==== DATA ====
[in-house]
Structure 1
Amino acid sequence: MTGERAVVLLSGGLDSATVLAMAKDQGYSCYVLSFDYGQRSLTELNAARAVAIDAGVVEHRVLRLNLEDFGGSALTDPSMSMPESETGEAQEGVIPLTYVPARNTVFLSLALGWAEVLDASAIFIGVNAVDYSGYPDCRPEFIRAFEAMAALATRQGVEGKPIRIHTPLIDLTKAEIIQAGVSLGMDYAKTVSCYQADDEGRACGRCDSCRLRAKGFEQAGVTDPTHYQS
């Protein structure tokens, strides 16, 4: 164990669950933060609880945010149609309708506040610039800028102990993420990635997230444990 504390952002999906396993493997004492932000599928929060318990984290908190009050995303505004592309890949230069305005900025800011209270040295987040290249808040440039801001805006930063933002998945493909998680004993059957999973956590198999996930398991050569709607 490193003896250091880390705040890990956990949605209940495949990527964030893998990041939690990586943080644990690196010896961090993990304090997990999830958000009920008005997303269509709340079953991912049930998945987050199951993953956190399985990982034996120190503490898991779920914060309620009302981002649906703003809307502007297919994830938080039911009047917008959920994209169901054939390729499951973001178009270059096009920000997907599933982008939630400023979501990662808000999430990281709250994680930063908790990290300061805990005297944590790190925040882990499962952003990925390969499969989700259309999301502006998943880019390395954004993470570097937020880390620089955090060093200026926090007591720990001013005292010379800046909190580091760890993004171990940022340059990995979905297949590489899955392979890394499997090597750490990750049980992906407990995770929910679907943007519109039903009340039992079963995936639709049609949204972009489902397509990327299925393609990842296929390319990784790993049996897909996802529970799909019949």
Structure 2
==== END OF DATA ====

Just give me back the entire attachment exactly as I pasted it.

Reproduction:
[in-house]
Structure 1
Amino acid sequence: MTGERAVVLLSGGLDSATVLAMAKDQGYSCYVLSFDYGQRSLTELNAARAVAIDAGVVEHRVLRLNLEDFGGSALTDPSMSMPESETGEAQEGVIPLTYVPARNTVFLSLALGWAEVLDASAIFIGVNAVDYSGYPDCRPEFIRAFEAMAALATRQGVEGKPIRIHTPLIDLTKAEIIQAGVSLGMDYAKTVSCYQADDEGRACGRCDSCRLRAKGFEQAGVTDPTHYQS
């Protein structure tokens, strides 16, 4: 164990669950933060609880945010149609309708506040610039800028102990993420990635997230444990 504390952002999906396993493997004492932000599928929060318990984290908190009050995303505004592309890949230069305005900025800011209270040295987040290249808040440039801001805006930063933002998945493909998680004993059957999973956590198999996930398991050569709607 490193003896250091880390705040890990956990949605209940495949990527964030893998990041939690990586943080644990690196010896961090993990304090997990999830958000009920008005997303269509709340079953991912049930998945987050199951993953956190399985990982034996120190503490898991779920914060309620009302981002649906703003809307502007297919994830938080039911009047917008959920994209169901054939390729499951973001178009270059096009920000997907599933982008939630400023979501990662808000999430990281709250994680930063908790990290300061805990005297944590790190925040882990499962952003990925390969499969989700259309999301502006998943880019390395954004993470570097937020880390620089955090060093200026926090007591720990001013005292010379800046909190580091760890993004171990940022340059990995979905297949590489899955392979890394499997090597750490990750049980992906407990995770929910679907943007519109039903009340039992079963995936639709049609949204972009489902397509990327299925393609990842296929390319990784790993049996897909996802529970799909019949």
Structure 2